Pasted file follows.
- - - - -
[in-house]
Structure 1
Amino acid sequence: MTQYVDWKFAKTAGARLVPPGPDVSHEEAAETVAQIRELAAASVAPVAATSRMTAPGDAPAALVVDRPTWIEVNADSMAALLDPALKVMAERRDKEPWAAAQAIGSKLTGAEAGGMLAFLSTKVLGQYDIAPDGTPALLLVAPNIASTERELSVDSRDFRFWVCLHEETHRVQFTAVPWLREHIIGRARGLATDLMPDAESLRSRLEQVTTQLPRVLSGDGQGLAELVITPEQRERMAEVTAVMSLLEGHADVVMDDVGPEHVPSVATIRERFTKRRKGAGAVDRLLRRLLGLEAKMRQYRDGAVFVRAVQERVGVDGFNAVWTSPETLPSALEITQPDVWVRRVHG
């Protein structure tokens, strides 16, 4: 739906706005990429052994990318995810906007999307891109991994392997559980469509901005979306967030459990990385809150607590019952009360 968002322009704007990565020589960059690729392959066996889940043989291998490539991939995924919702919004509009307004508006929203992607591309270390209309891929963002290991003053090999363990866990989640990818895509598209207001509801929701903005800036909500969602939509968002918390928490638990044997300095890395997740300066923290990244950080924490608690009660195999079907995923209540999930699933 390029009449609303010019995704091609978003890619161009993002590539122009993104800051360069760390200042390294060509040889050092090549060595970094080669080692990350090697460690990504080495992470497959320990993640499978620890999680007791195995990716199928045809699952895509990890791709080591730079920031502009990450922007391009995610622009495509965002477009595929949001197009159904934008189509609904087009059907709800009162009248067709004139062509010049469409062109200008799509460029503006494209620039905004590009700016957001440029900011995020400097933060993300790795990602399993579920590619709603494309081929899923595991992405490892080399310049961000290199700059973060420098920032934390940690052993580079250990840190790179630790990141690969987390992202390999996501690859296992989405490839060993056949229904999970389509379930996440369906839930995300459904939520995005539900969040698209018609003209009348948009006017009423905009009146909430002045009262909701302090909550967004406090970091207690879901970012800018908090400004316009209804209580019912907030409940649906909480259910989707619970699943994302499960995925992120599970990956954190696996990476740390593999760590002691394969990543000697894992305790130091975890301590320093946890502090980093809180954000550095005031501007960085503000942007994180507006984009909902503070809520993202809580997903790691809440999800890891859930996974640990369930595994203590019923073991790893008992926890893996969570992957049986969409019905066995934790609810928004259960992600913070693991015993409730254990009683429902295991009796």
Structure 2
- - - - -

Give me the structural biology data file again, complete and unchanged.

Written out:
[in-house]
Structure 1
Amino acid sequence: MTQYVDWKFAKTAGARLVPPGPDVSHEEAAETVAQIRELAAASVAPVAATSRMTAPGDAPAALVVDRPTWIEVNADSMAALLDPALKVMAERRDKEPWAAAQAIGSKLTGAEAGGMLAFLSTKVLGQYDIAPDGTPALLLVAPNIASTERELSVDSRDFRFWVCLHEETHRVQFTAVPWLREHIIGRARGLATDLMPDAESLRSRLEQVTTQLPRVLSGDGQGLAELVITPEQRERMAEVTAVMSLLEGHADVVMDDVGPEHVPSVATIRERFTKRRKGAGAVDRLLRRLLGLEAKMRQYRDGAVFVRAVQERVGVDGFNAVWTSPETLPSALEITQPDVWVRRVHG
């Protein structure tokens, strides 16, 4: 739906706005990429052994990318995810906007999307891109991994392997559980469509901005979306967030459990990385809150607590019952009360 968002322009704007990565020589960059690729392959066996889940043989291998490539991939995924919702919004509009307004508006929203992607591309270390209309891929963002290991003053090999363990866990989640990818895509598209207001509801929701903005800036909500969602939509968002918390928490638990044997300095890395997740300066923290990244950080924490608690009660195999079907995923209540999930699933 390029009449609303010019995704091609978003890619161009993002590539122009993104800051360069760390200042390294060509040889050092090549060595970094080669080692990350090697460690990504080495992470497959320990993640499978620890999680007791195995990716199928045809699952895509990890791709080591730079920031502009990450922007391009995610622009495509965002477009595929949001197009159904934008189509609904087009059907709800009162009248067709004139062509010049469409062109200008799509460029503006494209620039905004590009700016957001440029900011995020400097933060993300790795990602399993579920590619709603494309081929899923595991992405490892080399310049961000290199700059973060420098920032934390940690052993580079250990840190790179630790990141690969987390992202390999996501690859296992989405490839060993056949229904999970389509379930996440369906839930995300459904939520995005539900969040698209018609003209009348948009006017009423905009009146909430002045009262909701302090909550967004406090970091207690879901970012800018908090400004316009209804209580019912907030409940649906909480259910989707619970699943994302499960995925992120599970990956954190696996990476740390593999760590002691394969990543000697894992305790130091975890301590320093946890502090980093809180954000550095005031501007960085503000942007994180507006984009909902503070809520993202809580997903790691809440999800890891859930996974640990369930595994203590019923073991790893008992926890893996969570992957049986969409019905066995934790609810928004259960992600913070693991015993409730254990009683429902295991009796």
Structure 2